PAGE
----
Family
Enlarge cover
Rate this book
Clear rating
Open Preview

Family

4.35 of 5 stars 4.35  ·  rating details  ·  1,220 ratings  ·  80 reviews
In this wise, beguiling, beautiful novel set in the era of the Civil War, an award-winning playwright and author paints a haunting portrait of a woman named Always, born a slave, and four generations of her African-American family.
Hardcover, 231 pages
Published December 1st 1990 by Doubleday (first published 1990)
more details... edit details

Friend Reviews

To see what your friends thought of this book, please sign up.

Reader Q&A

To ask other readers questions about Family, please sign up.

Be the first to ask a question about Family

This book is not yet featured on Listopia. Add this book to your favorite list »

Community Reviews

(showing 1-30 of 1,893)
filter  |  sort: default (?)  |  rating details
Babydoll
Published in 1991, Family is the first novel written by the exceptional short story writer, J. California Cooper. This historical novel begins during the antebellum period when the narrator Clara, who is a slave woman, suffers a tragedy and dies. Her spirit is left on earth to look upon her children, as she follows them throughout their life while they experience cruelty, mistreatment, love, and prosperity. The spiritual being of Clara follows a span of four generations of her family lineage, sp...more
Meghan
This is the story of my family, and that of every African American family that had to endure such trying times. As I pass though the pages of this brilliantly written book, I thought to myself, how did she know this was me. Time after time we as African American living now forget what they people who struggle before us had to press on in order for us to be here. J California Cooper bring us t the front line, and she doesn't just take there , she walks with you, because what you are about to witn...more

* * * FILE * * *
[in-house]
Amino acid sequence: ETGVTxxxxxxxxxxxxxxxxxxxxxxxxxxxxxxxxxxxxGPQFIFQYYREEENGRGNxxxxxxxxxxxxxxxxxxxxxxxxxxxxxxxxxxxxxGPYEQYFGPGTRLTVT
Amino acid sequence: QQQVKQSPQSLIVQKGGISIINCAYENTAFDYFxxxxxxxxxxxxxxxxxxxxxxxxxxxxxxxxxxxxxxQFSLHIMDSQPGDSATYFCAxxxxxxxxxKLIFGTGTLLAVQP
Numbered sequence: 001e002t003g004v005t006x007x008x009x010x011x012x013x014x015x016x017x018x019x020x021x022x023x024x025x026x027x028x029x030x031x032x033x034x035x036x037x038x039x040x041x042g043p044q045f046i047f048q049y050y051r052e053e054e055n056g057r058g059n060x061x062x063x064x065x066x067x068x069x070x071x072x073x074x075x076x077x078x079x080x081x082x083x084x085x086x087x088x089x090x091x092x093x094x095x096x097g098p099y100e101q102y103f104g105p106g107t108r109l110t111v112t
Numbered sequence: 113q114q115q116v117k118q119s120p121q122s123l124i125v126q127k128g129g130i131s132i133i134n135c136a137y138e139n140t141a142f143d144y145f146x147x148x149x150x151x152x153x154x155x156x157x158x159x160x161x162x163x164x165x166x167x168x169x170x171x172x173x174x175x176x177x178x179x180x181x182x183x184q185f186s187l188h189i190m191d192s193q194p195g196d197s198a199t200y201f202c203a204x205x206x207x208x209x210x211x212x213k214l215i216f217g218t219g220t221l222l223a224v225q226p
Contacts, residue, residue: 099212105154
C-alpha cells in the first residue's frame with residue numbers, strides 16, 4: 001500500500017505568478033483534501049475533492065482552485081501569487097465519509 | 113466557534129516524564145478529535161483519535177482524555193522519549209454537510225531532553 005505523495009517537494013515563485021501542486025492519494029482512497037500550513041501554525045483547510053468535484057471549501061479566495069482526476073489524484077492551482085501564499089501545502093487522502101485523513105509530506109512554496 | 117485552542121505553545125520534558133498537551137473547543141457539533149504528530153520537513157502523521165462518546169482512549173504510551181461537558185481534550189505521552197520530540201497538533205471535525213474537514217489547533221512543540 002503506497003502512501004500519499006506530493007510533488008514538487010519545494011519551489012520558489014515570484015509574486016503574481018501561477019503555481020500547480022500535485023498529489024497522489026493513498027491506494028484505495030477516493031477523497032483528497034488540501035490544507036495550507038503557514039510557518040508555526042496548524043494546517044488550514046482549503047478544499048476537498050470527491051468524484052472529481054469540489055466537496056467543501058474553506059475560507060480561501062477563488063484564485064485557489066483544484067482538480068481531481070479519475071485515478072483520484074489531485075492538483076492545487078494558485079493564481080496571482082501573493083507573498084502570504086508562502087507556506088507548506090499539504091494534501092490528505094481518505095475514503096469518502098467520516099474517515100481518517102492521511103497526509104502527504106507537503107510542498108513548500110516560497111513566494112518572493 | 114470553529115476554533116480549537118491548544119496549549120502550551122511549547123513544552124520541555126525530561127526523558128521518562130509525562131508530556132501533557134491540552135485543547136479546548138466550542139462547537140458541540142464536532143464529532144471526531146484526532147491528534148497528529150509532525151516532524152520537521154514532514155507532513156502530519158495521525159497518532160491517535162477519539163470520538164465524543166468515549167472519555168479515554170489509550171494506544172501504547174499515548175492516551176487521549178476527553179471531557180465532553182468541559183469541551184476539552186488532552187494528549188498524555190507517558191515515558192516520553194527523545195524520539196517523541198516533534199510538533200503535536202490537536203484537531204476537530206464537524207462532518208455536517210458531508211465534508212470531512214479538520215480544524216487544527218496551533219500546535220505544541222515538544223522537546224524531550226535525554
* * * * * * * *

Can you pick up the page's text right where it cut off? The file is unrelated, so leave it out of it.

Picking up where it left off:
Jenn McCollum
The novel was a very emotional read for me, as I am a very emotional reader. I had a difficult time focusing on critical elements of content and style because I was easily swept away in the affective purchase of the story. It was not a satisfying read for me; it tugged on my soul and made me feel miserable.

The narrative style was paramount for me because even after I finished the novel, I lingered on what happened to the narrator and why she struggled to "let go" and pass on. A narrator like her...more
Betty Jean
I would say the book answered my questions.I always believed Black people were originally BLACK... Black people are so mixed, that's why we come in so many shades of colors... I also believe that some white people with thick curly hair had someone black in their ancestors. I'm not trying to affend anyone, but when you read it, you'llprobably understand why I wrote this. I've been thinking about this so long and reading this book made me put some pieces 2gther... Other than that this book is very...more
Nardsbaby Reader
Always More

Clora, the granddaughter of a slave and a slaveholder, can no long accept her life as a slave. And, as her mother did, she chooses to escape slavery by committing suicide. Unfortunately, her plan to poison her children failed. They survived and Clora's spirit narrates their story.

Always, Clora's oldest daughter, was darker than her siblings. Sun, her brother, and Peach, her sister, were able to pass for white to escape to a better life. Always endured the misery of slavery.

Despite b...more
Noelia
One of the most powerful books I have read in a long time. It's really easy to read (you can probably finish it one day) but it's the content that got me. Especially unique about this novel is the way in which it is narrated - from the perspective of an African-American mother who is looking down from a sort of limbo on her children who she has left as slaves. She watches them grow up and describes the torture they have to go through as they do. Overall a heartbreaking story about the African-Am...more
Crystal
I had to read this book for an African American Lit class and loved it. The story is told from the voice of the mother who was a slave. One night, when everyone else was asleep, she took her kids out to the field behind the house and proceeded to poison them and herself. However, in an ill twist of fate, she is the only one who died so she spent the rest of their lives watching over them, telling each of their stories as the grew and experienced life without her.

This book is a tragic story in ma...more
Eric